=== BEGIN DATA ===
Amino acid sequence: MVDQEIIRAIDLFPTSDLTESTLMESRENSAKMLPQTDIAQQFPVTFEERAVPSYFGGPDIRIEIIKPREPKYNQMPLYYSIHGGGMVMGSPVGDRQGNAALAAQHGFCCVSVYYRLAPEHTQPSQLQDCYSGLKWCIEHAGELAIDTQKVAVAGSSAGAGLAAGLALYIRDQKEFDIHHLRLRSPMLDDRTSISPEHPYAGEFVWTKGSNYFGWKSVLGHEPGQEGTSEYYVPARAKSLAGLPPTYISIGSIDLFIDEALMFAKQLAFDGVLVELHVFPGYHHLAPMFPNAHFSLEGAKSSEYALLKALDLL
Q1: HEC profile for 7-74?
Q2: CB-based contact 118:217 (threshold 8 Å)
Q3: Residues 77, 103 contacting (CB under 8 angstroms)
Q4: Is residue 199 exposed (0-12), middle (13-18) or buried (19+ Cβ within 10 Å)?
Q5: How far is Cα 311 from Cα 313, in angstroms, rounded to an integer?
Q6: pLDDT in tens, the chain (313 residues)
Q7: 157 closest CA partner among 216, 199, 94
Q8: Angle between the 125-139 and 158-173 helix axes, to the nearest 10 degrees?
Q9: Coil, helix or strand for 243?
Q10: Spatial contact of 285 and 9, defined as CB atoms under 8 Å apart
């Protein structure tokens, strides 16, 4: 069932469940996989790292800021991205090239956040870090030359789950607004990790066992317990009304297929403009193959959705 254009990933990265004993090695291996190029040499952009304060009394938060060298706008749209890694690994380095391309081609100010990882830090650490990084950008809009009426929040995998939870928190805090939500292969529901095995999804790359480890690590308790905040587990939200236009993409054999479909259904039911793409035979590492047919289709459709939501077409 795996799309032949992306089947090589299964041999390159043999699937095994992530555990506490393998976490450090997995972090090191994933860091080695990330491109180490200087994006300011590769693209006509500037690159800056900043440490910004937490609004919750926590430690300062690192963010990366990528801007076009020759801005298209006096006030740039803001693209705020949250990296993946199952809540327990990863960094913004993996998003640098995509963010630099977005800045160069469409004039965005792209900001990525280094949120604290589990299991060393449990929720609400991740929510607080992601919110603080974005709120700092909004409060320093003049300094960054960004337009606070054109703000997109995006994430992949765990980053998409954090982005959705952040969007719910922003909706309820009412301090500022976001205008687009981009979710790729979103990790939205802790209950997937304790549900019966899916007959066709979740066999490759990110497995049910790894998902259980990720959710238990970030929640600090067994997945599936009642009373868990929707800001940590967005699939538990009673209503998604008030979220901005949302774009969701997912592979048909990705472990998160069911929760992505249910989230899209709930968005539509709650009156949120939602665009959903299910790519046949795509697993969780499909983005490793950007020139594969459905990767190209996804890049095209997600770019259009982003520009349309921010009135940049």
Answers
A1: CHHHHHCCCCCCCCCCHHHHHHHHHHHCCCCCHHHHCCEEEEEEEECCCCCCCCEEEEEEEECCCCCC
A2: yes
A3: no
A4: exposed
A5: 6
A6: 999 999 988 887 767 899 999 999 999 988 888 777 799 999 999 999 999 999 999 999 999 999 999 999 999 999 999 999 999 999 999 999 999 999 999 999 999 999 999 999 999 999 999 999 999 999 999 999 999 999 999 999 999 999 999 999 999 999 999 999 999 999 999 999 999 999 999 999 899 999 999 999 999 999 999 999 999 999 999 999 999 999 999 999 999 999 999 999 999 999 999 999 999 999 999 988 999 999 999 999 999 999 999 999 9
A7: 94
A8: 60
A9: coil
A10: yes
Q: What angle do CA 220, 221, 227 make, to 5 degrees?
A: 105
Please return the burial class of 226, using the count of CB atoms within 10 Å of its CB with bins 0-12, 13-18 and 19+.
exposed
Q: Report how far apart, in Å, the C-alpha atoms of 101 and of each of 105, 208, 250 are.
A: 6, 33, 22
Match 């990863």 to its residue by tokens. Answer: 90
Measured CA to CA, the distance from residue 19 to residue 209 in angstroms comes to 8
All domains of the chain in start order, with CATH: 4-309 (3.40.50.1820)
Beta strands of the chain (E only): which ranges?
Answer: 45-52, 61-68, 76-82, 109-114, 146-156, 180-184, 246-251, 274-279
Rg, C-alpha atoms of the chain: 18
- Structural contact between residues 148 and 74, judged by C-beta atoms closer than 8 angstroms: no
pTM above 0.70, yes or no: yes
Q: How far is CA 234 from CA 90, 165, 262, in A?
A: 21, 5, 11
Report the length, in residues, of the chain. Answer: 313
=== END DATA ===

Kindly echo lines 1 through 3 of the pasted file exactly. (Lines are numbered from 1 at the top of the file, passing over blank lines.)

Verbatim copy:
Amino acid sequence: MVDQEIIRAIDLFPTSDLTESTLMESRENSAKMLPQTDIAQQFPVTFEERAVPSYFGGPDIRIEIIKPREPKYNQMPLYYSIHGGGMVMGSPVGDRQGNAALAAQHGFCCVSVYYRLAPEHTQPSQLQDCYSGLKWCIEHAGELAIDTQKVAVAGSSAGAGLAAGLALYIRDQKEFDIHHLRLRSPMLDDRTSISPEHPYAGEFVWTKGSNYFGWKSVLGHEPGQEGTSEYYVPARAKSLAGLPPTYISIGSIDLFIDEALMFAKQLAFDGVLVELHVFPGYHHLAPMFPNAHFSLEGAKSSEYALLKALDLL
Q1: HEC profile for 7-74?
Q2: CB-based contact 118:217 (threshold 8 Å)